INDEPENDENT NEWS

Fed Farmers takes cold comfort from ETS lobbying

Published: Thu 26 Nov 2009 03:53 PM
Media Release
26 November 2009
Federated Farmers takes cold comfort from ETS lobbying
Federated Farmers has taken cold comfort that its behind the scenes lobbying may have saved each New Zealand farm some $27,000 from 2030. While the Federation wished to see the entire ETS scrapped, it also worked to reduce the worst impacts of it upon farming.
“Most thinking New Zealanders realise you cannot turn around millions of years of ruminant and plant evolution by fixed legislative dates. After all no emissions equals no exports and for that matter, no economy,” says Don Nicolson, President of Federated Farmers.
“Federated Farmers made no bones of the fact we didn’t like the ETS and didn’t want the ETS, but we had to defend farmers from the worst excesses any ETS would bring.
“Behind the scenes, the Federation worked to ensure, if it was to come in, it would be with least regret to farmers and the nation. That meant an ETS based on intensity, meaning increased production, is still possible along with the lowest possible phase-out rate for free allocation units.
“Intensity is important because farmers still have the ability to increase production within current limits. It has to be remembered that agriculture is already reducing emissions growth per unit of output.
“While we wanted agriculture out of the ETS all together, the allocation units will now phase out at a rate of 1.3 percent per annum from 2016, instead of 8 percent from 2019.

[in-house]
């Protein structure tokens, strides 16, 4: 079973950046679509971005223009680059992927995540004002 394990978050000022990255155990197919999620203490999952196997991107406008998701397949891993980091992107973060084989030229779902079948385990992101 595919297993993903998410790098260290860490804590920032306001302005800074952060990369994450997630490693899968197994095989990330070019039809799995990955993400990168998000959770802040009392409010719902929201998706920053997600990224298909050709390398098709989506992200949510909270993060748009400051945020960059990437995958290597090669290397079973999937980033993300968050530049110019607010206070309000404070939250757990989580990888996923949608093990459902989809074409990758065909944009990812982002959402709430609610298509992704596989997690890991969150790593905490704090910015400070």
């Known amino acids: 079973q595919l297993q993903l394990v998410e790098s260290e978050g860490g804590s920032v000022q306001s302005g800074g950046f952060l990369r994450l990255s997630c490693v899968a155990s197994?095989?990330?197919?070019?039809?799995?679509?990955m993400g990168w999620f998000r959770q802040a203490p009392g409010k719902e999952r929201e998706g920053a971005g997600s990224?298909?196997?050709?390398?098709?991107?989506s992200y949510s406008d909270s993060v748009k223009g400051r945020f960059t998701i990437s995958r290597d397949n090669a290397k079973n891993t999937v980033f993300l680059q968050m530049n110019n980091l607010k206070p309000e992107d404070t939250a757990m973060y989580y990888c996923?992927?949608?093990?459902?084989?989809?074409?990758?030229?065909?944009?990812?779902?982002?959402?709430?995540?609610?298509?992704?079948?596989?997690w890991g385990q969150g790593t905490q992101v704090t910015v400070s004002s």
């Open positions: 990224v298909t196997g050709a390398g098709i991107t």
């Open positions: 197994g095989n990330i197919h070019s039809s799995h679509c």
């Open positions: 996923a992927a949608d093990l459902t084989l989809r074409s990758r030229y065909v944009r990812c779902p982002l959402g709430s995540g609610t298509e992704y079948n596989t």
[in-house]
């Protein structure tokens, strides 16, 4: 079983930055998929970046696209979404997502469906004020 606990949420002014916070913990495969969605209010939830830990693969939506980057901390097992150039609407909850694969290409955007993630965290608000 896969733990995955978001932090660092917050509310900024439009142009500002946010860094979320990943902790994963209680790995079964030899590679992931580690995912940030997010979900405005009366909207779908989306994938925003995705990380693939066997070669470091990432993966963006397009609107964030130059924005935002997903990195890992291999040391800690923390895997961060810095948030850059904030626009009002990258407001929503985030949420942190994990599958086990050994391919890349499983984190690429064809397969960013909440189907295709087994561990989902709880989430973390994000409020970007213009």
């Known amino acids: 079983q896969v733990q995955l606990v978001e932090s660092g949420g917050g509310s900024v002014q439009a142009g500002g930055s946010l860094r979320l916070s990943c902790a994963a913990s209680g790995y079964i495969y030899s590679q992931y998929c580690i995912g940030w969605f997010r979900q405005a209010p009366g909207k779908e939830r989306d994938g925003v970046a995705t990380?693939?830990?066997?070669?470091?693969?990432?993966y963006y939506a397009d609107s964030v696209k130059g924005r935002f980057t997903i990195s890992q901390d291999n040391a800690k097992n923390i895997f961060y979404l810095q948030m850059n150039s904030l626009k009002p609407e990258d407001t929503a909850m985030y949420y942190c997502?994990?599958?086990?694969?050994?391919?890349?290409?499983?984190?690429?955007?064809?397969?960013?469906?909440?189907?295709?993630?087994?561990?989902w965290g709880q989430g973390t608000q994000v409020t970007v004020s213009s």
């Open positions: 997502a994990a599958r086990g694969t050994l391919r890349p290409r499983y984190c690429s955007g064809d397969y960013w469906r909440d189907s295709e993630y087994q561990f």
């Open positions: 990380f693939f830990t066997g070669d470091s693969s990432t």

“According to the Prime Minister, ‘the cost of agricultural methane and nitrous oxide for the average farmer by 2030 will be in the order of $3,000 a year, compared with the $30,000 it would have been under Labour’. That kind of puts the annual cost of a Federated Farmers membership into perspective.
“Yet it all seems like being one number off winning Lotto – somewhat deflating.
“I must, grudgingly, give credit to the Government that it did listen to us and has seemingly acted to minimise the impact upon agriculture. That said, no one, truly, has any real idea over what the impacts will be.
“What frightens me is that these costs seem guesses built on hunches within a hypothesis.
“Will the real figure please stand up because in July, we were told the per person cost with Copenhagen would be $30 per person, per week. Yet, in recent weeks, it has magically reduced to $3 per person, per week. A few years ago, we had a half billion dollar Kyoto liability, which became zero earlier this year only to apparently blow out to $110 billion by 2050.
“It’s why we won’t stint on getting this thing pulled the moment it affects our profitability heading into 2016, when the free allocation units start phasing out. Right now, the 258,000 people who live on-farm are in the same boat as the rest of New Zealand. We’ll be paying more from 1 July next year,” Mr Nicolson concluded.
ENDS

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